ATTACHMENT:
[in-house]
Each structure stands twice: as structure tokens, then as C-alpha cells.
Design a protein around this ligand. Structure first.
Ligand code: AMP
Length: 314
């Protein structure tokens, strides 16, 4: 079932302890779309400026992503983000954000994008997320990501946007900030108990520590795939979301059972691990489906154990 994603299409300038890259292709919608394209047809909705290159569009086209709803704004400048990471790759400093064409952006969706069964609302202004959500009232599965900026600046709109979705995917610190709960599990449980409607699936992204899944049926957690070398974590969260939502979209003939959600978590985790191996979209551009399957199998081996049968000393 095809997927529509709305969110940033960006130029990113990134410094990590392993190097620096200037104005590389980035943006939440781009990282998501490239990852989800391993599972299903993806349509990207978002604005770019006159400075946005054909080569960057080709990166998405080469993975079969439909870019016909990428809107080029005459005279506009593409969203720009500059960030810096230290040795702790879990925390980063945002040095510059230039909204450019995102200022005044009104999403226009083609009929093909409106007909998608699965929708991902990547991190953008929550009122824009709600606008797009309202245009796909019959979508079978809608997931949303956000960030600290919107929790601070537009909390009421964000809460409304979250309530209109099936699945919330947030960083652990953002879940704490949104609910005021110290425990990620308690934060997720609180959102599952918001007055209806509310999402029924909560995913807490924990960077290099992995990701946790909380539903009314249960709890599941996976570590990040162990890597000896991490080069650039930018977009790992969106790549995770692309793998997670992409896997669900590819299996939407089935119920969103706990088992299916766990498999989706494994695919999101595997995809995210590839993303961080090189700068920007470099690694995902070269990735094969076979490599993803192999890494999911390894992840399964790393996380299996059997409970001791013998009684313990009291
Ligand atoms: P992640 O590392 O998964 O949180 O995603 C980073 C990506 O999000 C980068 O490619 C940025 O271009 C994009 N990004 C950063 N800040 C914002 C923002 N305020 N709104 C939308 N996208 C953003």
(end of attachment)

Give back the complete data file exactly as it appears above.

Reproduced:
[in-house]
Each structure stands twice: as structure tokens, then as C-alpha cells.
Design a protein around this ligand. Structure first.
Ligand code: AMP
Length: 314
């Protein structure tokens, strides 16, 4: 079932302890779309400026992503983000954000994008997320990501946007900030108990520590795939979301059972691990489906154990 994603299409300038890259292709919608394209047809909705290159569009086209709803704004400048990471790759400093064409952006969706069964609302202004959500009232599965900026600046709109979705995917610190709960599990449980409607699936992204899944049926957690070398974590969260939502979209003939959600978590985790191996979209551009399957199998081996049968000393 095809997927529509709305969110940033960006130029990113990134410094990590392993190097620096200037104005590389980035943006939440781009990282998501490239990852989800391993599972299903993806349509990207978002604005770019006159400075946005054909080569960057080709990166998405080469993975079969439909870019016909990428809107080029005459005279506009593409969203720009500059960030810096230290040795702790879990925390980063945002040095510059230039909204450019995102200022005044009104999403226009083609009929093909409106007909998608699965929708991902990547991190953008929550009122824009709600606008797009309202245009796909019959979508079978809608997931949303956000960030600290919107929790601070537009909390009421964000809460409304979250309530209109099936699945919330947030960083652990953002879940704490949104609910005021110290425990990620308690934060997720609180959102599952918001007055209806509310999402029924909560995913807490924990960077290099992995990701946790909380539903009314249960709890599941996976570590990040162990890597000896991490080069650039930018977009790992969106790549995770692309793998997670992409896997669900590819299996939407089935119920969103706990088992299916766990498999989706494994695919999101595997995809995210590839993303961080090189700068920007470099690694995902070269990735094969076979490599993803192999890494999911390894992840399964790393996380299996059997409970001791013998009684313990009291
Ligand atoms: P992640 O590392 O998964 O949180 O995603 C980073 C990506 O999000 C980068 O490619 C940025 O271009 C994009 N990004 C950063 N800040 C914002 C923002 N305020 N709104 C939308 N996208 C953003």